“Making sculpture raises questions about the psychic and social dimensions of subject-object relations and proposes different models of space, embodiment and vision. Dwyer’s art broaches these questions, repeatedly intermingling forms, materials, and objects that symbolise the sacred, childhood, and the ‘primitive’ with those that suggest the art and thought of secular modernity. Such unsettling of ontological boundaries and distinctions comprises the organising principle of her practice”.1
Mikala Dwyer’s The Letterbox Marys proposes a speculative symbolism, through which to imagine possible reordering principles of spirituality, thought and belief. Following her previous explorations of superstition, the occult and alchemy, in this exhibition Dwyer turns to the mysterious figure of the Virgin Mary. In this, she considers a repositioning of this historically abstracted and disembodied woman as a possible ‘Co-Redemptrix’. Using this title, the Maronites rethink Mary’s traditional position in relation to Christ and God as with, under, in service of, or viewing her more uneasily, as an equal.
This symbolic vernacular arises through Dwyer’s deft experimentation with symmetry and materiality, as entrancing wall paintings bearing elusive hidden meanings are punctuated by menacing ceremonial architectures. The iconographic is complemented by elemental works such as Earthlings - a speculative alchemic/chemical lab in which mythologically potent substances of Mercury, Holy Water, Salt and Brimstone are contained in askew canisters of Uranium Glass.
In 2014, Michael Taussig described Dwyer’s work, stating “there is some hope, for surely the dead can return, recycled by the artist. In which case, what we may find in the gallery with this art is something akin to spirit possession”.2 Indeed, The Letterbox Marys investigates this proposition, propelling the imagination into a hypothetical space of possession, redemption and worship.
1 Toni Ross, “Embodied Reason, Functionalist Magic, Animate Objects”, ed. Evie Franzidis, Mikala Dwyer: Drawing Down the Moon, Institute of Modern Art, 2014, 76.
2 Michael Taussig, “Art and Magic and Real Magic”, ed. Evie Franzidis, Mikala Dwyer: Drawing Down the Moon, Institute of Modern Art, 2014.
Mikala Dwyer has been exhibiting internationally since 1982. Currently, her work Goldene Bend’er (2013) is on display at the Perth Institute of Contemporary Arts as part of the exhibition Dead Ringer until 26 December 2015. The artist’s large-scale installation work Square Cloud Compound (2015) was exhibited in ‘Encounters’ at Art Basel Hong Kong earlier this year. Solo exhibitions include The garden of half-life, University of Sydney Art Gallery, Sydney (2014); Goldene Bend’er, Australian Centre for Contemporary Art, Melbourne (2013); Mikala Dwyer: Panto Collapsar, Project Arts Centre, Dublin (2012); Mikala Dwyer: Drawing Down the Moon, Institute of Modern Art, Brisbane (2012); Square Cloud Compound, Hamish Morrison Galerie, Berlin (2010); Moon Garden, Aratoi Museum, Masterton NZ (2008); Black Sun Blue Moon, Hamish Morrison Galeri, Berlin (2007); Mikala Dwyer: an Australian artist’s project, City Gallery Wellington (2002); Mikala Dwyer, Museum of Contemporary Art, Sydney (2000).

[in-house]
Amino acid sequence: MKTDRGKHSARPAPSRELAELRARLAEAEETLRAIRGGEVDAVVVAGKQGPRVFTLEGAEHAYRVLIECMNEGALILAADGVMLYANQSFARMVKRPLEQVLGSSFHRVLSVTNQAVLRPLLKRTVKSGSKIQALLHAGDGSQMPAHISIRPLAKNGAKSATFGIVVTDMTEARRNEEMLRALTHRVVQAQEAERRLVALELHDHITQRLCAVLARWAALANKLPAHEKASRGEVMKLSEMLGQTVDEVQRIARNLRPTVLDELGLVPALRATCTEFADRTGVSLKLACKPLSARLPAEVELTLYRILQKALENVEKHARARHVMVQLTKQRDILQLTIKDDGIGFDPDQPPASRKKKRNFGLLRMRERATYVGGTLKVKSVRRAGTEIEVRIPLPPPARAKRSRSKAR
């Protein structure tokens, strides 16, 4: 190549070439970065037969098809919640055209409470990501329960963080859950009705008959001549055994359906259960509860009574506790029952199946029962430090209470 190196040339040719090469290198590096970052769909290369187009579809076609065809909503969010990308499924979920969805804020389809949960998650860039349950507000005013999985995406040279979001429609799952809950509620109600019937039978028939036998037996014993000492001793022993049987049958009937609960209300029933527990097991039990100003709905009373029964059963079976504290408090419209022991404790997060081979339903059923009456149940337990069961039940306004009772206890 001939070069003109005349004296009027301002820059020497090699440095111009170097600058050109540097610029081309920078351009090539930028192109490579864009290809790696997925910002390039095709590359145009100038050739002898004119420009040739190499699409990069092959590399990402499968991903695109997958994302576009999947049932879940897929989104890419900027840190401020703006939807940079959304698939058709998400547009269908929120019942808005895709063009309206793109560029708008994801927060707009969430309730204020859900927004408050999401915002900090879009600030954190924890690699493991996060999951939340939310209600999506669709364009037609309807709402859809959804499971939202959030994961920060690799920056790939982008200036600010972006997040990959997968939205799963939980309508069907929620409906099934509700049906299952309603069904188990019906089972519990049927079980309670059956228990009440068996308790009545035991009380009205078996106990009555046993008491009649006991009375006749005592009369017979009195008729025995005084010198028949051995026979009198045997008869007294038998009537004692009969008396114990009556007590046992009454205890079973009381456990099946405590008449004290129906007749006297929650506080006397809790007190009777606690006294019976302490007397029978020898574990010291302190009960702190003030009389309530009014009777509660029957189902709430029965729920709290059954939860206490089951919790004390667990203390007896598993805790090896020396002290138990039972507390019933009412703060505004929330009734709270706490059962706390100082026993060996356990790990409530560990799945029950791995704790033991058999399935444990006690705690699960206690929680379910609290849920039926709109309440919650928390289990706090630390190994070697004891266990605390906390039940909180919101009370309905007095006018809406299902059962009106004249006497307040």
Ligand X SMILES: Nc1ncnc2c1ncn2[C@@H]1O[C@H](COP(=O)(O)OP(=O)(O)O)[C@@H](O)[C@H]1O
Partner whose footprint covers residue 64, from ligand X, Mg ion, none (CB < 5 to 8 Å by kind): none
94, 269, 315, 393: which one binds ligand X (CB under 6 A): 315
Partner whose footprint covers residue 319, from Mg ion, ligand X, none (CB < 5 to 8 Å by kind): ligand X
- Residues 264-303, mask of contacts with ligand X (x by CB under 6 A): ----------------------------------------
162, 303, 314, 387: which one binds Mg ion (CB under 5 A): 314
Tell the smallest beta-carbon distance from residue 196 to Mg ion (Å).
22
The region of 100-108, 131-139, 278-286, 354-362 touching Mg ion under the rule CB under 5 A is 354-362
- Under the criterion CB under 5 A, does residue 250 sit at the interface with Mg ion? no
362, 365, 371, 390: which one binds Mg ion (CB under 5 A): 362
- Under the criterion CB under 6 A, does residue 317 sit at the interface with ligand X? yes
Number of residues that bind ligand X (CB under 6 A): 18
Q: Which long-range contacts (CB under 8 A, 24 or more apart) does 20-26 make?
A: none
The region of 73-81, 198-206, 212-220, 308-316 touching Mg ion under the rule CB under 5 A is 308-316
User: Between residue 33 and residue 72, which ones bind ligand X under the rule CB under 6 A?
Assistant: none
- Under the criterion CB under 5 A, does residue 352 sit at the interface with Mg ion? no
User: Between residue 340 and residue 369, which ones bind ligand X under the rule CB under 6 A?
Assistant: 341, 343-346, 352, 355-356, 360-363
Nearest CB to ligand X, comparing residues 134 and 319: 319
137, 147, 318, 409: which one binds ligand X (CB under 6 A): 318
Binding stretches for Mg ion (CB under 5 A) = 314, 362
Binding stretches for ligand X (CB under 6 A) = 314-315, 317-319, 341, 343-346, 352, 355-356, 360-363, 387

Group exhibitions include Magnetism, Hazelwood House, Sligo, Ireland (2015); Hall of Half Life, Graz Museum, Austria; 19th Biennale of Sydney: You Imagine What You Desire, Cockatoo Island, Sydney (2014); The End of the 20th Century. The Best is Yet to Come. A Dialogue with the Marx Collection, Hamburger Banhof, Berlin, Germany (2013); Future Primitive, Heide Museum of Modern Art, Melbourne (2013); Less is More: Minimal and Post-Minimal Art in Australia, Heide Museum of Modern Art, Victoria (2012); Plus ou moins sorcières 2/3: épreuves ritualisées, La Maison Populaire, Paris (2012); Lost and Found: An Archaeology of the Present, TarraWarra Biennial, Healesville (2008); Mystic Truths, Auckland Art Gallery (2007); Den Haag Sculptuur 2007 De Overkant/Down Under, The Hague (2007); High Tide, Contemporary Art Centre, Vilnius and Zacheta National Gallery, Warsaw; Face Up: Contemporary Art from Australia, Hamburger Bahnhoff, Berlin (2003) and OrientATION, 4th International Istanbul Biennale, Istanbul (1995); Australian Perspecta, Art Gallery of New South Wales, Sydney, curated by Victoria Lynn (1993). In 2009 Dwyer was the recipient of the prestigious Australia Council for the Arts Fellowship Grant. Dwyer’s work has been widely collected by institutions such as the National Gallery of Victoria, the Heide Museum of Modern Art, the Art Gallery of New South Wales, the National Gallery of Australia, the Museum of Contemporary Art and the Museum of Old and New Art. The Letterbox Marys is Mikala Dwyer’s third solo exhibition at Roslyn Oxley9 Gallery